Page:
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The War on Small Business

One of my favorite TV personalities is John Stossel who has a show on Fox that highlights current consumer issues with his libertarian bent. He usually takes a look at a current issue and then breaks down how that issue is being handled by the free market and how the government is handling that issue through its regulatory arm.

In his previous life as a reporter for ABC, John Stossel would go around looking at how business owners would try to take advantage of the little guy and then do a report on the damage being wrought by this business. His main aim was to heighten a concern in the hopes that the politicians would take note and create a new law to stop this type of abuse. He has since repented of his ways, and he understands the damage he wrought by continually asking the government for new laws. He know believes that the free market will eventually regulate these endeavors and for the most part government intervention is not needed.

Small Business Owner

 

 

 

 

 

For example, one of the many cries during the financial crisis that occurred in 2008 was that the financial crisis took place was because there was not enough regulations in the financial industry. The media critics and the pundits all declared that our financial institutions had gotten so large they were deemed “Too Big To Fail”¬†and because of that, these institutions had to be bailed out or else the whole economy would have collapsed. Subsequently, many banks were taken over, shut down and merged (Bear Stearns, Lehman Brothers, Wachovia, etc.) The result of these closings has made the existing banks bigger than ever. In addition, the banks have had to deal with a tremendous amount of new regulations. Believe it or not, the existing banks like these new regulations because they know that the smaller banks don’t have the time or the money to comply with these new laws and are then forced to get out of the business. Which in turn, has made the largest banks bigger than they were before the crisis.

The ideal situation would have been to break up all the bigger financial institutions and then lessened the regulatory burdens so that smaller institutions could have gotten into the business. It would have been a good way to disperse risk as money would have moved out of some of the major money centers and into smaller regional banks- which would have reduced some of the concentration of wealth. Instead, what we have now are super huge banks and now they really are “too big to fail”.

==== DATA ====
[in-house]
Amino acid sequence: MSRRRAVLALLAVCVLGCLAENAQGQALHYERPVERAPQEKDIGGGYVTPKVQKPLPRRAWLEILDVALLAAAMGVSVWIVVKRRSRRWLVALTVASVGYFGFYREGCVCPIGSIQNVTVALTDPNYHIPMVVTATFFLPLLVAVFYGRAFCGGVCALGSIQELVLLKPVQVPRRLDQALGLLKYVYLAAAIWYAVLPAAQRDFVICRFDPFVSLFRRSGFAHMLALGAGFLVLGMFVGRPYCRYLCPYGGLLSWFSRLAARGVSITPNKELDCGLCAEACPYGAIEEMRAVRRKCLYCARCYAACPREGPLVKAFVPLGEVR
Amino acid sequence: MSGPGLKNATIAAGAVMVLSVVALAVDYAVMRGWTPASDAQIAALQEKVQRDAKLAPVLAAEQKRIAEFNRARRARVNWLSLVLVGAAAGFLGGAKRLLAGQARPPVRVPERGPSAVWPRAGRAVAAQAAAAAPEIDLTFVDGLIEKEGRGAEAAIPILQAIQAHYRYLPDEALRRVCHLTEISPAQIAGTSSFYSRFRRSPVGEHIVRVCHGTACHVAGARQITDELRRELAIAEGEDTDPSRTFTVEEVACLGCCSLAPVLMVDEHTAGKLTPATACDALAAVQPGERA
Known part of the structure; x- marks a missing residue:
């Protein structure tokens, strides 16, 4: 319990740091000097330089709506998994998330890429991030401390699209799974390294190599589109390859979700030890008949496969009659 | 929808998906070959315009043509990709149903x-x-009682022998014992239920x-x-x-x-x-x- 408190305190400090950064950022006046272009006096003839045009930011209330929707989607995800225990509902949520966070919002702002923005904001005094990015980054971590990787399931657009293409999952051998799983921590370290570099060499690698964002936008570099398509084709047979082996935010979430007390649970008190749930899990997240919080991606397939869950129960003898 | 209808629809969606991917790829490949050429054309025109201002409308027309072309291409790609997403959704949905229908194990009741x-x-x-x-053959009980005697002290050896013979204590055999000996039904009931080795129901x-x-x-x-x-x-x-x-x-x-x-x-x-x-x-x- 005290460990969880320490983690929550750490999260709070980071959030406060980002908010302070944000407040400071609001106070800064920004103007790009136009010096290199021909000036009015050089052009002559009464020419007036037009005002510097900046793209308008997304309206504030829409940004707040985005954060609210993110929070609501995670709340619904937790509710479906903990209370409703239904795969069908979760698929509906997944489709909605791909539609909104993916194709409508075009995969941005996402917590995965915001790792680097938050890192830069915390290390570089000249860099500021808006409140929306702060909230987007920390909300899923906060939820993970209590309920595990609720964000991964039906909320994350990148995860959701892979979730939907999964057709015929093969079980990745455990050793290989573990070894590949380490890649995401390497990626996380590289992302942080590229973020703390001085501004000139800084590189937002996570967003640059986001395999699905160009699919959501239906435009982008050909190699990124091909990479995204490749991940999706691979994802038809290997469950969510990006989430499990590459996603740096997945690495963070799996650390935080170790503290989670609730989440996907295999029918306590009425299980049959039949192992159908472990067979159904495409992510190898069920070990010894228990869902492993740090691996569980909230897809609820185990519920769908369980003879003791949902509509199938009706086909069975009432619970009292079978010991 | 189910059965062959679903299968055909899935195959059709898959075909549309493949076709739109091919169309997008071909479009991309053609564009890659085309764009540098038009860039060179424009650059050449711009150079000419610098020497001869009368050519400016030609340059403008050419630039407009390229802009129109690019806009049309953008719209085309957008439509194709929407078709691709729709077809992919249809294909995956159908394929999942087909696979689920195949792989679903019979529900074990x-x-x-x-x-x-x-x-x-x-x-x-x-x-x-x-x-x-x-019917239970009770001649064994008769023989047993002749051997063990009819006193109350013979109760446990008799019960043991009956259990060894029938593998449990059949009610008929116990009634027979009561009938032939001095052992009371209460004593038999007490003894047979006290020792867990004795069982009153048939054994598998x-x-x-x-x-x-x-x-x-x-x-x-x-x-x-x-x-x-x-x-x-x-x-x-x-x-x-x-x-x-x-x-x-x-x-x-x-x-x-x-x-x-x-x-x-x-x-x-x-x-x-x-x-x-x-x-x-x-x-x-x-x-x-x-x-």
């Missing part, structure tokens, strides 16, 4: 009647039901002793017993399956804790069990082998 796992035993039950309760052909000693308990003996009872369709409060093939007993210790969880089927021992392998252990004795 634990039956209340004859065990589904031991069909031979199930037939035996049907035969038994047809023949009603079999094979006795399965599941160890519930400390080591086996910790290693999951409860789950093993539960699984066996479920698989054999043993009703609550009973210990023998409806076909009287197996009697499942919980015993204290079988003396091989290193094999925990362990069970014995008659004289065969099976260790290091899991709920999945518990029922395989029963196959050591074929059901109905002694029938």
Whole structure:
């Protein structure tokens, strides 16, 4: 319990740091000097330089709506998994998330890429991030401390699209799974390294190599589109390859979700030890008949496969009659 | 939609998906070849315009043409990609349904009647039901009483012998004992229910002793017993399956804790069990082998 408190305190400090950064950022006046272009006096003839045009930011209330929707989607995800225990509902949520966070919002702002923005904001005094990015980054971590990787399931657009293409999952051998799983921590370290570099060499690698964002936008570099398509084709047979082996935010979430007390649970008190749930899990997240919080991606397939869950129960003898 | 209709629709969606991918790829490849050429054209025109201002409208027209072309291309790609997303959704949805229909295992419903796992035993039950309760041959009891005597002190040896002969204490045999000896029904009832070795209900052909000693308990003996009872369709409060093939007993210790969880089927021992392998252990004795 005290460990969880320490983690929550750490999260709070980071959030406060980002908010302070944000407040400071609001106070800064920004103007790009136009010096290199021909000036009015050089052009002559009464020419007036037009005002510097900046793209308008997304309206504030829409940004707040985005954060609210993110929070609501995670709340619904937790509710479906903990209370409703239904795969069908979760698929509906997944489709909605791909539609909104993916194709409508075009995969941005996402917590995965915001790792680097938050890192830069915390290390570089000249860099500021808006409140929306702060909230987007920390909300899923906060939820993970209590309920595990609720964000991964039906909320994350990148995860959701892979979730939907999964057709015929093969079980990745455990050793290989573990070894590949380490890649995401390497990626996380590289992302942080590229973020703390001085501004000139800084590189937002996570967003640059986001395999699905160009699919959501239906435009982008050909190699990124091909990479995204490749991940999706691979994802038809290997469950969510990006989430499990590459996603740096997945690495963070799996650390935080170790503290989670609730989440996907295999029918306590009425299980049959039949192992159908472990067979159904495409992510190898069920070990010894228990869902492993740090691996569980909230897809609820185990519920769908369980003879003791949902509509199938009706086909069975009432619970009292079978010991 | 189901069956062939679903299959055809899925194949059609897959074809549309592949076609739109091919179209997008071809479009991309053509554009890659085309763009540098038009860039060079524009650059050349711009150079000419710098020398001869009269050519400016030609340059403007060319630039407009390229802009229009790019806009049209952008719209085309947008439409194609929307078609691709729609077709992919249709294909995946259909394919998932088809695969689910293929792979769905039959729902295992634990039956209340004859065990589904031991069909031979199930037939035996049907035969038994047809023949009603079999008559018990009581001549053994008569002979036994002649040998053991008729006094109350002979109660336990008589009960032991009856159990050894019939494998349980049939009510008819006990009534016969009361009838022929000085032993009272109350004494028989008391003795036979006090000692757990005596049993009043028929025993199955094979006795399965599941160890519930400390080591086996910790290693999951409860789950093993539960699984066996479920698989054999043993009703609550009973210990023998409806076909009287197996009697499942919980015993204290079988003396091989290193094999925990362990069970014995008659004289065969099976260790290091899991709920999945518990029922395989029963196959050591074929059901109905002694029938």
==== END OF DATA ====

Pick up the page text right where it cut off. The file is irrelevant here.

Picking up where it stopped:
Maybe that was the intention of the government all along to concentrate the wealth and power in a few hands. It is easier for the government to monitor and regulate a handful of institutions than a smorgasbord of banks dispersed throughout the country. I believe the following is happening not only in banking but in all industries- the move to burden the small operator so much that they are forced to merge or sell to bigger companies or close shop altogether. In my opinion, the federal government is engaged in a deliberate scheme to force consolidation in the business sector so that it only has a handful of companies to monitor and regulate, rather than deal with the millions of small , tough minded entrepreneurs. The big business heavy regulated economy is how Europe and socialist states are run and it is the direction we are heading.

For example take a look at Obamacare. “The number of medical codes that must be used to document patients and secure payments for insurers will go from 45,000 to 160,000.”(Dan Kennedy) I would gather that the very large medical centers that have large staffs will be able to process the additional work flow at a lower costs because they can transfer the work to a greater percentage of people. The small practice will have to endure 4x the amount of work and complexity, compliance and related costs which they will not be able to pass down to their patients thus drain the compensation of the doctors and their practice. As a result of this, expect to see a wave of mergers and mega hospitals come into being. This will remove choice and retard access for people looking for medical care.

Part of the reason we have not seen the bounce back in the economy since 2008 has been the difficulties that the entrepreneur has faced and Obama’s move to consolidate the business sector. However, America has always been a resilient country and the entrepreneur has always been the backbone of this country, all we need now is a political class to empower these people and not hinder them.

Steven Clark

 

 

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